Chuck Meyer 2017-12-16 01:46:46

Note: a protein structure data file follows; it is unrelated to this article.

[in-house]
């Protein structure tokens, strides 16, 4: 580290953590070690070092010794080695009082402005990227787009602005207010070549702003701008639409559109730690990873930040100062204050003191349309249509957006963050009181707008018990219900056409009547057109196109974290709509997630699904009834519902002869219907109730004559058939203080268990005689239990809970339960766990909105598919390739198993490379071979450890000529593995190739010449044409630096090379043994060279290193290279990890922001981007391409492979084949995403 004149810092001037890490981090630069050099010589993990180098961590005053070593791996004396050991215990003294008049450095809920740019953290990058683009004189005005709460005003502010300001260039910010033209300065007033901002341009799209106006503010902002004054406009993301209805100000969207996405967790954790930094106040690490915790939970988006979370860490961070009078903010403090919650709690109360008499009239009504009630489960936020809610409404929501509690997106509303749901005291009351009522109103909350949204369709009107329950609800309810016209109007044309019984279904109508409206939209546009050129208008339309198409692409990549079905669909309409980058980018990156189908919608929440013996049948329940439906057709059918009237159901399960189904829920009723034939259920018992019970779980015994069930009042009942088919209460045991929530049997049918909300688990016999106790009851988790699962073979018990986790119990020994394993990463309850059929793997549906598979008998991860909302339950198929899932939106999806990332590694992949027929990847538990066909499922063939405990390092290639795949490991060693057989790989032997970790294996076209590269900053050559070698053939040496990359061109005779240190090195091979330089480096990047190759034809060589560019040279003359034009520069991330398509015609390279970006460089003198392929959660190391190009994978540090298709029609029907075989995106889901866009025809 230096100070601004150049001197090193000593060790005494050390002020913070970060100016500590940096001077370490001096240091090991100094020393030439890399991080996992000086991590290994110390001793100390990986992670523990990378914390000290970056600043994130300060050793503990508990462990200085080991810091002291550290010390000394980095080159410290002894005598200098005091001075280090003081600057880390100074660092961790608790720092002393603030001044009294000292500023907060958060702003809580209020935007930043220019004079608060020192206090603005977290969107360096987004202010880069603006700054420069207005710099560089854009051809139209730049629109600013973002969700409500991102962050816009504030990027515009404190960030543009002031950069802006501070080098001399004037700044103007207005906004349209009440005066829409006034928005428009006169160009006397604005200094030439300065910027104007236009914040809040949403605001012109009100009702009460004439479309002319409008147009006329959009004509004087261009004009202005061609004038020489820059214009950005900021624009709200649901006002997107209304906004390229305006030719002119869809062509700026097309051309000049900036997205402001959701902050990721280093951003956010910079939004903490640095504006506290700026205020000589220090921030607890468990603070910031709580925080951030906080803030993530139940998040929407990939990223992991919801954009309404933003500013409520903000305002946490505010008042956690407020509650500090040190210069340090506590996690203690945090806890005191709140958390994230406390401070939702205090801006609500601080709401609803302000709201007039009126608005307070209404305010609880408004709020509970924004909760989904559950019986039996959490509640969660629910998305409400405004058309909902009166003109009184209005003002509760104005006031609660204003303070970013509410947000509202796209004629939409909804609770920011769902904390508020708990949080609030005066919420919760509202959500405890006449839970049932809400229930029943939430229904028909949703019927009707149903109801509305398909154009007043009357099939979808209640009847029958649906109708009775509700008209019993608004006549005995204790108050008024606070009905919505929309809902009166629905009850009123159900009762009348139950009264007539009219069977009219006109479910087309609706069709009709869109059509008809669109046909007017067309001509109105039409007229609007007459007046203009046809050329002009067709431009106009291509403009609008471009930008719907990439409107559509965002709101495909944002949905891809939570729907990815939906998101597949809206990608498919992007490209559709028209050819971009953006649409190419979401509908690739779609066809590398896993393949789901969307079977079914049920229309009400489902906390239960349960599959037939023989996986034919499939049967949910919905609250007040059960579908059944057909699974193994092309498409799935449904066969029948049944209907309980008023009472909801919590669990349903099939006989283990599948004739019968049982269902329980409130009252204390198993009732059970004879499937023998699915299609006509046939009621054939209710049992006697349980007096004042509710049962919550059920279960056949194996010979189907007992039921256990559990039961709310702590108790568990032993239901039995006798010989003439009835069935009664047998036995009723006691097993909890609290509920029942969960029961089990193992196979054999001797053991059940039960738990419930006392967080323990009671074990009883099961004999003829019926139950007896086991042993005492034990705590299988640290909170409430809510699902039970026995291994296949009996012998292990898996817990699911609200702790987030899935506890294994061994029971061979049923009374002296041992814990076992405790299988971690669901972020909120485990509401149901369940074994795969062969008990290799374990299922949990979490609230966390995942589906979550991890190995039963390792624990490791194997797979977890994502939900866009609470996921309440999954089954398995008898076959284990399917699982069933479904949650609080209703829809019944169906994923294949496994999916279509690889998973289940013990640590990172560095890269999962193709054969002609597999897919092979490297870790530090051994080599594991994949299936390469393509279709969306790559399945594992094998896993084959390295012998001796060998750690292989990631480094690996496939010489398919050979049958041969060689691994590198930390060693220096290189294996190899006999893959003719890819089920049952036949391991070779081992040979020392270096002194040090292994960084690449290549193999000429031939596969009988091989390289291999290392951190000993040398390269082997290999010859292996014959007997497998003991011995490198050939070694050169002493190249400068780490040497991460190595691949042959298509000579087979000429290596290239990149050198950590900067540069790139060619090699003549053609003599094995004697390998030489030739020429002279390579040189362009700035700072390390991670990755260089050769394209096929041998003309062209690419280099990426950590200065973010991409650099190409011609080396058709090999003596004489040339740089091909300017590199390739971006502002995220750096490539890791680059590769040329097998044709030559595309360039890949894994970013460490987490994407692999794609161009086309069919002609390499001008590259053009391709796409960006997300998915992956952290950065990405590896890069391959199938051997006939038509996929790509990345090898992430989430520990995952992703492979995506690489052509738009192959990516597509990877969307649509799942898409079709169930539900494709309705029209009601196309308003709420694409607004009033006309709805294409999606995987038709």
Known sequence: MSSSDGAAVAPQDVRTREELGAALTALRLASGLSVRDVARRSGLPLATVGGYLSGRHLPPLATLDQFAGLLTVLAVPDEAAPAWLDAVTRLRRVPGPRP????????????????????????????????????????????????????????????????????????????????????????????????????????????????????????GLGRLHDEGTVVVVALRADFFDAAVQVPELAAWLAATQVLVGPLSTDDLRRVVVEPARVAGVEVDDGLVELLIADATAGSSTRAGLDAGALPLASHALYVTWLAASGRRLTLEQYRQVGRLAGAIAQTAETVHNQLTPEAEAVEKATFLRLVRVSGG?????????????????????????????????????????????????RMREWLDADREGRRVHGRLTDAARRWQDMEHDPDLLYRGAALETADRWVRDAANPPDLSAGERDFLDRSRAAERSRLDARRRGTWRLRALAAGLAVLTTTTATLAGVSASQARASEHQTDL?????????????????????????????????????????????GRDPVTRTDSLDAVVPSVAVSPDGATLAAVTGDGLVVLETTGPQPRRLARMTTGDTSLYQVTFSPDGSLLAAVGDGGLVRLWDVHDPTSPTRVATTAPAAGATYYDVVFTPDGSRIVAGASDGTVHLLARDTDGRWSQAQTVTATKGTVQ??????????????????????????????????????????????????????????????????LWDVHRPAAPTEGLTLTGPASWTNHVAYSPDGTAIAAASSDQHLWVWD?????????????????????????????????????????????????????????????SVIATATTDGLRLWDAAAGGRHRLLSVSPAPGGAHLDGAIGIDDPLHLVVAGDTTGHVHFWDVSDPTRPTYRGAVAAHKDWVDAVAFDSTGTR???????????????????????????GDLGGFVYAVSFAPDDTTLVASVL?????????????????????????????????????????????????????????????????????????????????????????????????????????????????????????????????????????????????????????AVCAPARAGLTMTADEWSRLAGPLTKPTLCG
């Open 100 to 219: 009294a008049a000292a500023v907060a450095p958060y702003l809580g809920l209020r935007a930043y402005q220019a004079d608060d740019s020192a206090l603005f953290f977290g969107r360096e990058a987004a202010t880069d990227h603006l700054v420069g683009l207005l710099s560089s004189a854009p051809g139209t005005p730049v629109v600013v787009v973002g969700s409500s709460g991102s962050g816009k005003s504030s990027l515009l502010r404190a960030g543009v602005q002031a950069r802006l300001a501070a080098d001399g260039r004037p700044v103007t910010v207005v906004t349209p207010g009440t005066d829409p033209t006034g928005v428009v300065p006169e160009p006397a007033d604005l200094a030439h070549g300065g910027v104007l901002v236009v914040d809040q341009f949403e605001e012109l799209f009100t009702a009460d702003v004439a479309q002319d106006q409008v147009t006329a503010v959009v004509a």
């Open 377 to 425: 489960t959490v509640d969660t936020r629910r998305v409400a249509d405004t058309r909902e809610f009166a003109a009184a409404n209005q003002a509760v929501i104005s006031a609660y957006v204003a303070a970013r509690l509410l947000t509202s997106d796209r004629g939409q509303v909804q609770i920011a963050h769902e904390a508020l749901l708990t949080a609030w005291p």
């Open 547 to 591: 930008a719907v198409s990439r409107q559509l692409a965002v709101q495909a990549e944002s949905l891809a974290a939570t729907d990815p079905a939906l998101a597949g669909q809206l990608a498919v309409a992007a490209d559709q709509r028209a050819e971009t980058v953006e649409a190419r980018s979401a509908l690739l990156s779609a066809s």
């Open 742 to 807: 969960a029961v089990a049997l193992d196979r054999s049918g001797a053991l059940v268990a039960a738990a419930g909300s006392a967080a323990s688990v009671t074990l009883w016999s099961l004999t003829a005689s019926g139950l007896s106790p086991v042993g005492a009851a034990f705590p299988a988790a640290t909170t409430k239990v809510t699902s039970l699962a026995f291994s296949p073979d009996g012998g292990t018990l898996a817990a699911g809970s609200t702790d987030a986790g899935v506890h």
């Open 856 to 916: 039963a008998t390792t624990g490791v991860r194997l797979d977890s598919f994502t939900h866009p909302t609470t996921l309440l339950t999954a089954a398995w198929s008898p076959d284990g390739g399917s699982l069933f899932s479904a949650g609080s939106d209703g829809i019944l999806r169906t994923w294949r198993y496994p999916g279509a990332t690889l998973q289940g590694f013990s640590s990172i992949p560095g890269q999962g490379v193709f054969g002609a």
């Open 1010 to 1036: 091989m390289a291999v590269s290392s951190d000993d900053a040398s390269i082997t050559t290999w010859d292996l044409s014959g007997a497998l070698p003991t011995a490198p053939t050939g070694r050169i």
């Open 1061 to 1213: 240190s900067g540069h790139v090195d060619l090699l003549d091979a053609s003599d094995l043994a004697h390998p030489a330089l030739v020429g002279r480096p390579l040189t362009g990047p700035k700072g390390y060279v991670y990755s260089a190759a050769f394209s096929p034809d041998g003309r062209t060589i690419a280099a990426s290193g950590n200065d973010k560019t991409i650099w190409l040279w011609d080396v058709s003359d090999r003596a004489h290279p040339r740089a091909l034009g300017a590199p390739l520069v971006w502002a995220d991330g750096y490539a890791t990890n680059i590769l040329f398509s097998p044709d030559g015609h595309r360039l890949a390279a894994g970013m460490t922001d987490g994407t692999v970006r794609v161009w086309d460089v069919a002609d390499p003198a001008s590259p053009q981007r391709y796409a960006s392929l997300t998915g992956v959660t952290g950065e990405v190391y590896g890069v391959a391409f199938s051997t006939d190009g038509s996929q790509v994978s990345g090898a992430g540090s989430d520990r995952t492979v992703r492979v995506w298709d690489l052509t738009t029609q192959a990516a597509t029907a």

LEVELING SILOS CAN SPUR NEEDED CULTURAL CHANGE Today’s utility customers have expectations that will challenge businesses still operating under antiquated processes. Many organizations have specialists working In department silos:finance, customer service, field crews, engineering, information technology, human resources…the list may be even longer at your utility. Yet, “it’s not my department,” is no longer an acceptable excuse for not delivering for your customers. And for utility executives, allocating resources and managing risks are nearly impossible when employees who lead business processes and capital projects don’t understand all the factors that go into companywide decision-making. Meanwhile, customers’ options for alternative energy providers continue to grow. If your company had to compete for customers in the same environment that mobile phone companies now operate, how would it hold up? With a silver tsunami of older ratepayers on the horizon, and waves of new employees joining our industry, five years ago, WEI saw a need to speed up the onboarding and development of workforce talent. WEI has since created two classes that address this need: Electric Utility Fundamentals + Insights, and Gas Utility Fundamentals + Insights. These courses, offered to WEI members onsite or in Portland, Oregon, at the WEI office, bridge this gap with a core curriculum that covers the history, basics of operations, how utilities make money, and emerging and customer issues. By the end of fiscal year 2018, these classes will have educated nearly 1,000 WEI members to help improve their understanding of the energy utility business. By discovering how their roles contribute to success in a rapidly changing industry, employeed can find passion in their work and better appreciate delivering outstanding service to internal and external customers. But leaders also must do their part. Silos need to be leveled and separate groups or departments need to be integrated, so that all departments in the organization have a better understanding of each other’s functions. That includes streamlining processes and bringing more inclusion of women and minorities into departments. But promoting a more-diverse workforce is just one step to embracing cultural change. Leaders also must encourage and create space for new ideas and methodologies. By fostering an open and inclusive environment that supports cross-functional collaboration, creative productivity can flourish. That’s where WEI’s Business Acumen for Emerging Leaders program comes in. For the past 13 years, Business Acumen has helped our emerging leaders become tomorrow’s executives. This applicationbased program takes an employee’s area of specialty and introduces them to broader functions and industry challenges. By helping employees understand how independent groups work together to make companywide decisions, students of this program are better prepared to catch the opportunities that are missed from lacking a holistic perspective. Business Acumen also facilitates a culture of change by helping students see how leaders lead across different functional areas. Participants interview executives and work directly with peers from across the region and the industry to complete capstone projects. This expands their perspective and helps them see beyond their own business to learn how their role — and their company’s -fits in the energy landscape. With everyone on the same page and working together to provide excellent customer service, your company can prepare its workforce to better meet tomorrow’s challenges. To find out more about WEI programs and to connect with us, please visit westernenergy.org/programs. CHUCK MEYER President, Western Energy Institute
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